Blogging can be a lonely way to spend your time. On the other hand, it can be rewarding and bring lots of new acquaintances (even friends) your way. I’ve been doing this blogging thing for well over two years now and have noticed something: Blog life is very short for some. I often catch myself thinking, where did that blog go or I wonder what made her stop writing. And, you know what, I really miss some of the blogs that are nowhere to be found. Of course I miss them. I wouldn’t have subscribed in the first place if I didn’t see quality and true self-expression. So, I ask, “where do good blogs go when they die?” Not sure. I guess that depends on whether the blogger continues to pay for hosting. Some do-some don’t. The blog graveyard is really full…I’m sure. The bad thing is you can’t go visit. You can’t bring them back to life. You can’t even send them digital flowers or post a comment for a job well done…
I guess my real point for sharing this thought is this: Longevity is a key to creative success. I understand that it’s hard to continue something that takes up lots of time and may not be “giving back” as much as you want; however, giving up something that is so personal to you (like a blog) has consequences. Each time you quit, you lose a part of yourself. I rather think it much more useful to take a break, center yourself, make a list of what you want to get out of your endeavor, and ask, “how am I going to do it?” By focusing on what you want, you can then find the path that leads you to it…and all without giving up on your creative dream.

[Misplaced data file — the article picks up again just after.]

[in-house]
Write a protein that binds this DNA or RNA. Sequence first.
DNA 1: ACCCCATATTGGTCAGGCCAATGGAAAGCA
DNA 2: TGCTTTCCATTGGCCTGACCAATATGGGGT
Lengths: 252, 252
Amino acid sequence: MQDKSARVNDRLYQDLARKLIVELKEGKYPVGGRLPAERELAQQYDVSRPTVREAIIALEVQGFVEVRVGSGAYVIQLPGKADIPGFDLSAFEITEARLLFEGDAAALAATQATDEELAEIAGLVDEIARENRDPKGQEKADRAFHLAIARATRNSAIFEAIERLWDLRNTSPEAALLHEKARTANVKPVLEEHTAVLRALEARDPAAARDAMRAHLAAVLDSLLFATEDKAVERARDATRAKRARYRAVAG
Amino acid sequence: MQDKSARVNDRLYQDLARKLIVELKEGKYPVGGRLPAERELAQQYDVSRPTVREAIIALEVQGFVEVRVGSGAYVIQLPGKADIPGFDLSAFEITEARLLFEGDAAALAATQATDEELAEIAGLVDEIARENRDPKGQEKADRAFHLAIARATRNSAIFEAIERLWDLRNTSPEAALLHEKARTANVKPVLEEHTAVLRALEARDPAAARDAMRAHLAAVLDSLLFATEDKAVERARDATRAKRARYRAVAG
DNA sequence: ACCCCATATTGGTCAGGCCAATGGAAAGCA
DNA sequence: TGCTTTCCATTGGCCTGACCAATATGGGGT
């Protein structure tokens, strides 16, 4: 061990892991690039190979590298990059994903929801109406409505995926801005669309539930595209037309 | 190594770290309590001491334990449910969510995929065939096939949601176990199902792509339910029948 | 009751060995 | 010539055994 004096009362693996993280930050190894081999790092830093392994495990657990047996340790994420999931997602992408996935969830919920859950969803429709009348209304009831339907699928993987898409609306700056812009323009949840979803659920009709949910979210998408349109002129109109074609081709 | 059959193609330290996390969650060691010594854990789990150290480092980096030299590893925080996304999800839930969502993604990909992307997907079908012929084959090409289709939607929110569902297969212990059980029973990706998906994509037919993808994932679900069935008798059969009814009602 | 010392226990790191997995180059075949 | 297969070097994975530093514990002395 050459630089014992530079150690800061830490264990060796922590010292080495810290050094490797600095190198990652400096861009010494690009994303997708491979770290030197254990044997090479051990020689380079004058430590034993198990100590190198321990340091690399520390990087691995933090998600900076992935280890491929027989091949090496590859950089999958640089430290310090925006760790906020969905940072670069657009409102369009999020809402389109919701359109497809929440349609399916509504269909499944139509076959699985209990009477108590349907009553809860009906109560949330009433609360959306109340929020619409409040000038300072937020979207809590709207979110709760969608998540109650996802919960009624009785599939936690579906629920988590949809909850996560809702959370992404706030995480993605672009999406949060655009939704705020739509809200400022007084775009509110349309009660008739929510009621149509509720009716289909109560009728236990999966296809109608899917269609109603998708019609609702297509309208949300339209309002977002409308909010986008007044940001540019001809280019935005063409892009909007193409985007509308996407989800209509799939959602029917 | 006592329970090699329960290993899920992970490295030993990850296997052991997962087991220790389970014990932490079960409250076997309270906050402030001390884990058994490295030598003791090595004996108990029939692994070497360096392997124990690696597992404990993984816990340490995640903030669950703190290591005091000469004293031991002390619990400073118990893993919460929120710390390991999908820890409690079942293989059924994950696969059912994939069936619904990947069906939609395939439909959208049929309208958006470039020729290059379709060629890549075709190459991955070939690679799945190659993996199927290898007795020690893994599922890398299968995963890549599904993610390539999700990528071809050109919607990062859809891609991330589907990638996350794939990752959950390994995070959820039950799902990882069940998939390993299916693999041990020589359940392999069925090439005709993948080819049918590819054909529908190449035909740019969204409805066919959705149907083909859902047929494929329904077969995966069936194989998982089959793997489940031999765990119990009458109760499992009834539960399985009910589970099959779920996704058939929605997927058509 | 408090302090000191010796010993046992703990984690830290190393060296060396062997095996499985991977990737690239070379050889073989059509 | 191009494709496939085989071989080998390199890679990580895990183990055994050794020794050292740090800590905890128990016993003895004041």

Concerning blogging, each of us have a responsibility to present quality content to our readers. And, let me tell you, it’s no walk in the park some days. It’s work. I am a believer that hard work eventually pays off in one way or another. You might have to change some things along the way, but longevity is a long term way to make your mark on the world. I heard a saying once that stuck with me. I don’t remember who said it, but here it is:
[sws_grey_box box_size=”630″] “If you do something for an hour a day for five years, you will be an expert at it.” [/sws_grey_box]
- Five years is really a pretty short span of time, considering how long some people go to school to become a professional “this” or “that”. Bottom line is to stick with your goals until they are met.
- Make changes to your methods if you need to. If that means hiring a consultant or coach, then do it!
- Use a measurable scale of success. A simple 1 to 10 scale is a good one. If you don’t know where you are to begin with, how will you know if you’re making progress?
- Celebrate victories! Giving yourself some back pats for a job well done is imperative…that is if you want to reach your goal. You might be getting outside kudos, but if you don’t believe in yourself and learn to celebrate your accomplishments, you will find a way to sabotage your efforts.
Be Beautiful-Be Creative-Be Happy!
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